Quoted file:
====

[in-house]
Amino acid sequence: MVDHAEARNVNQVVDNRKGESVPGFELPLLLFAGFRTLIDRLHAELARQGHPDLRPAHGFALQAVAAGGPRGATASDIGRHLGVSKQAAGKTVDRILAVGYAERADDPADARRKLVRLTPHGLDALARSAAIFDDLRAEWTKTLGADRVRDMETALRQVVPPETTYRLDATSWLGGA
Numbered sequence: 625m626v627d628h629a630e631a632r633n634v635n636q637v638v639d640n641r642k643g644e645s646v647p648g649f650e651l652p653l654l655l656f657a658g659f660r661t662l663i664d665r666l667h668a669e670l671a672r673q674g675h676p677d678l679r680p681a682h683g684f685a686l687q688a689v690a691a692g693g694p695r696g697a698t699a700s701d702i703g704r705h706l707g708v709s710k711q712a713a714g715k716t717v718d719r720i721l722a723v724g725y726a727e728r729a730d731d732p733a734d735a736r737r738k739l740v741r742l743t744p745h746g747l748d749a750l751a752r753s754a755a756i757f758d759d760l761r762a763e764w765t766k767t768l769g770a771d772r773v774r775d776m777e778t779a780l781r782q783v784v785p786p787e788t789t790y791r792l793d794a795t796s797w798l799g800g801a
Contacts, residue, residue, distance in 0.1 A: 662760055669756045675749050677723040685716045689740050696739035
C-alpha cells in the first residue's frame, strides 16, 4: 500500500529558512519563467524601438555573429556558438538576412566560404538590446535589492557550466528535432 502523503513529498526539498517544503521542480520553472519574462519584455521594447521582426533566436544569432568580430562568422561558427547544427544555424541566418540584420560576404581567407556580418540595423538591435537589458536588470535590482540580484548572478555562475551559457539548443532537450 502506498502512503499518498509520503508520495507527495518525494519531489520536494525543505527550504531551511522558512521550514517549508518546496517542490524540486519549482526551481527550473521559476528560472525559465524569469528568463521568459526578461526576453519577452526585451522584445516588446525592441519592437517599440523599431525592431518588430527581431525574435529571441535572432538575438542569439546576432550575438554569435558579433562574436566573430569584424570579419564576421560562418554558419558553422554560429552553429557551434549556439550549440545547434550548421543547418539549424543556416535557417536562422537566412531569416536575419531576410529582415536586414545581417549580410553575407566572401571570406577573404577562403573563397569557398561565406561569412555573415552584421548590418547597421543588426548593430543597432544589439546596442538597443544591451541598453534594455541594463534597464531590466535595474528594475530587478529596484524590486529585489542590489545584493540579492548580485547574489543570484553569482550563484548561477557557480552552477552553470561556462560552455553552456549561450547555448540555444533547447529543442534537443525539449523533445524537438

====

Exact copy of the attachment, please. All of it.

[in-house]
Amino acid sequence: MVDHAEARNVNQVVDNRKGESVPGFELPLLLFAGFRTLIDRLHAELARQGHPDLRPAHGFALQAVAAGGPRGATASDIGRHLGVSKQAAGKTVDRILAVGYAERADDPADARRKLVRLTPHGLDALARSAAIFDDLRAEWTKTLGADRVRDMETALRQVVPPETTYRLDATSWLGGA
Numbered sequence: 625m626v627d628h629a630e631a632r633n634v635n636q637v638v639d640n641r642k643g644e645s646v647p648g649f650e651l652p653l654l655l656f657a658g659f660r661t662l663i664d665r666l667h668a669e670l671a672r673q674g675h676p677d678l679r680p681a682h683g684f685a686l687q688a689v690a691a692g693g694p695r696g697a698t699a700s701d702i703g704r705h706l707g708v709s710k711q712a713a714g715k716t717v718d719r720i721l722a723v724g725y726a727e728r729a730d731d732p733a734d735a736r737r738k739l740v741r742l743t744p745h746g747l748d749a750l751a752r753s754a755a756i757f758d759d760l761r762a763e764w765t766k767t768l769g770a771d772r773v774r775d776m777e778t779a780l781r782q783v784v785p786p787e788t789t790y791r792l793d794a795t796s797w798l799g800g801a
Contacts, residue, residue, distance in 0.1 A: 662760055669756045675749050677723040685716045689740050696739035
C-alpha cells in the first residue's frame, strides 16, 4: 500500500529558512519563467524601438555573429556558438538576412566560404538590446535589492557550466528535432 502523503513529498526539498517544503521542480520553472519574462519584455521594447521582426533566436544569432568580430562568422561558427547544427544555424541566418540584420560576404581567407556580418540595423538591435537589458536588470535590482540580484548572478555562475551559457539548443532537450 502506498502512503499518498509520503508520495507527495518525494519531489520536494525543505527550504531551511522558512521550514517549508518546496517542490524540486519549482526551481527550473521559476528560472525559465524569469528568463521568459526578461526576453519577452526585451522584445516588446525592441519592437517599440523599431525592431518588430527581431525574435529571441535572432538575438542569439546576432550575438554569435558579433562574436566573430569584424570579419564576421560562418554558419558553422554560429552553429557551434549556439550549440545547434550548421543547418539549424543556416535557417536562422537566412531569416536575419531576410529582415536586414545581417549580410553575407566572401571570406577573404577562403573563397569557398561565406561569412555573415552584421548590418547597421543588426548593430543597432544589439546596442538597443544591451541598453534594455541594463534597464531590466535595474528594475530587478529596484524590486529585489542590489545584493540579492548580485547574489543570484553569482550563484548561477557557480552552477552553470561556462560552455553552456549561450547555448540555444533547447529543442534537443525539449523533445524537438